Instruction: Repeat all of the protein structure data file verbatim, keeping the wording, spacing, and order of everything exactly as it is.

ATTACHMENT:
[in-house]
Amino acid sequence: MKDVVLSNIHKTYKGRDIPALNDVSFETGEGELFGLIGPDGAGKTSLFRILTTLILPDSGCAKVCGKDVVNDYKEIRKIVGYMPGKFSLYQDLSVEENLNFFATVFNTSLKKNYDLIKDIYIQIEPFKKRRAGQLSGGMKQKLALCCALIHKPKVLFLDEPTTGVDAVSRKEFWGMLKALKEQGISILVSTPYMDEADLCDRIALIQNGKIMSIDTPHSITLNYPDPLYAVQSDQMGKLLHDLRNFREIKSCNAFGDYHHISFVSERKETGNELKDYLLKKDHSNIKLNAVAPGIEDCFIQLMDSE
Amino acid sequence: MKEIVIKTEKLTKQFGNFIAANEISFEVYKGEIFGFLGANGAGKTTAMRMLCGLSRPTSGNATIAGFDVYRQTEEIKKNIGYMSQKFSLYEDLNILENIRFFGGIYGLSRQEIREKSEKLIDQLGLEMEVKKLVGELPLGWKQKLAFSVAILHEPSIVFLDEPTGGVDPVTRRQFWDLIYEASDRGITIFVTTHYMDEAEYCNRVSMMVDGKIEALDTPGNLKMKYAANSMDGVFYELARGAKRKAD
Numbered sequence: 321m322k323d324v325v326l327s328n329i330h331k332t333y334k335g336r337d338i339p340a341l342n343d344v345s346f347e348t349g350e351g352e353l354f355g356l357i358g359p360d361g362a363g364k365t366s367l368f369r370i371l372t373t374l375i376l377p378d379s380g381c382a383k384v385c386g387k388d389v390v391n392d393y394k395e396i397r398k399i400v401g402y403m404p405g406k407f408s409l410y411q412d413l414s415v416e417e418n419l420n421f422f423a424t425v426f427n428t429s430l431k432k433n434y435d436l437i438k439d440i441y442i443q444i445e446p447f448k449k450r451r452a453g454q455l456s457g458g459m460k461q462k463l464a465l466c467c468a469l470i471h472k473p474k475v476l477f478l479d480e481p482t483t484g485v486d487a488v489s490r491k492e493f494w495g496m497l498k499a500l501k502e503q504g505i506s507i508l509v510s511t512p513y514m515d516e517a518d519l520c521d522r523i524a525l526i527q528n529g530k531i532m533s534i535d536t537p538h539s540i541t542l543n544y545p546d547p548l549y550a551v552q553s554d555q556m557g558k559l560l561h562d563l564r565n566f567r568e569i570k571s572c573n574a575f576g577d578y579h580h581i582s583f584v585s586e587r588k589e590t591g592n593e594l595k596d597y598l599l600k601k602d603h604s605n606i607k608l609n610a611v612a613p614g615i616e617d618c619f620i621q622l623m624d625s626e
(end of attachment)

[in-house]
Amino acid sequence: MKDVVLSNIHKTYKGRDIPALNDVSFETGEGELFGLIGPDGAGKTSLFRILTTLILPDSGCAKVCGKDVVNDYKEIRKIVGYMPGKFSLYQDLSVEENLNFFATVFNTSLKKNYDLIKDIYIQIEPFKKRRAGQLSGGMKQKLALCCALIHKPKVLFLDEPTTGVDAVSRKEFWGMLKALKEQGISILVSTPYMDEADLCDRIALIQNGKIMSIDTPHSITLNYPDPLYAVQSDQMGKLLHDLRNFREIKSCNAFGDYHHISFVSERKETGNELKDYLLKKDHSNIKLNAVAPGIEDCFIQLMDSE
Amino acid sequence: MKEIVIKTEKLTKQFGNFIAANEISFEVYKGEIFGFLGANGAGKTTAMRMLCGLSRPTSGNATIAGFDVYRQTEEIKKNIGYMSQKFSLYEDLNILENIRFFGGIYGLSRQEIREKSEKLIDQLGLEMEVKKLVGELPLGWKQKLAFSVAILHEPSIVFLDEPTGGVDPVTRRQFWDLIYEASDRGITIFVTTHYMDEAEYCNRVSMMVDGKIEALDTPGNLKMKYAANSMDGVFYELARGAKRKAD
Numbered sequence: 321m322k323d324v325v326l327s328n329i330h331k332t333y334k335g336r337d338i339p340a341l342n343d344v345s346f347e348t349g350e351g352e353l354f355g356l357i358g359p360d361g362a363g364k365t366s367l368f369r370i371l372t373t374l375i376l377p378d379s380g381c382a383k384v385c386g387k388d389v390v391n392d393y394k395e396i397r398k399i400v401g402y403m404p405g406k407f408s409l410y411q412d413l414s415v416e417e418n419l420n421f422f423a424t425v426f427n428t429s430l431k432k433n434y435d436l437i438k439d440i441y442i443q444i445e446p447f448k449k450r451r452a453g454q455l456s457g458g459m460k461q462k463l464a465l466c467c468a469l470i471h472k473p474k475v476l477f478l479d480e481p482t483t484g485v486d487a488v489s490r491k492e493f494w495g496m497l498k499a500l501k502e503q504g505i506s507i508l509v510s511t512p513y514m515d516e517a518d519l520c521d522r523i524a525l526i527q528n529g530k531i532m533s534i535d536t537p538h539s540i541t542l543n544y545p546d547p548l549y550a551v552q553s554d555q556m557g558k559l560l561h562d563l564r565n566f567r568e569i570k571s572c573n574a575f576g577d578y579h580h581i582s583f584v585s586e587r588k589e590t591g592n593e594l595k596d597y598l599l600k601k602d603h604s605n606i607k608l609n610a611v612a613p614g615i616e617d618c619f620i621q622l623m624d625s626e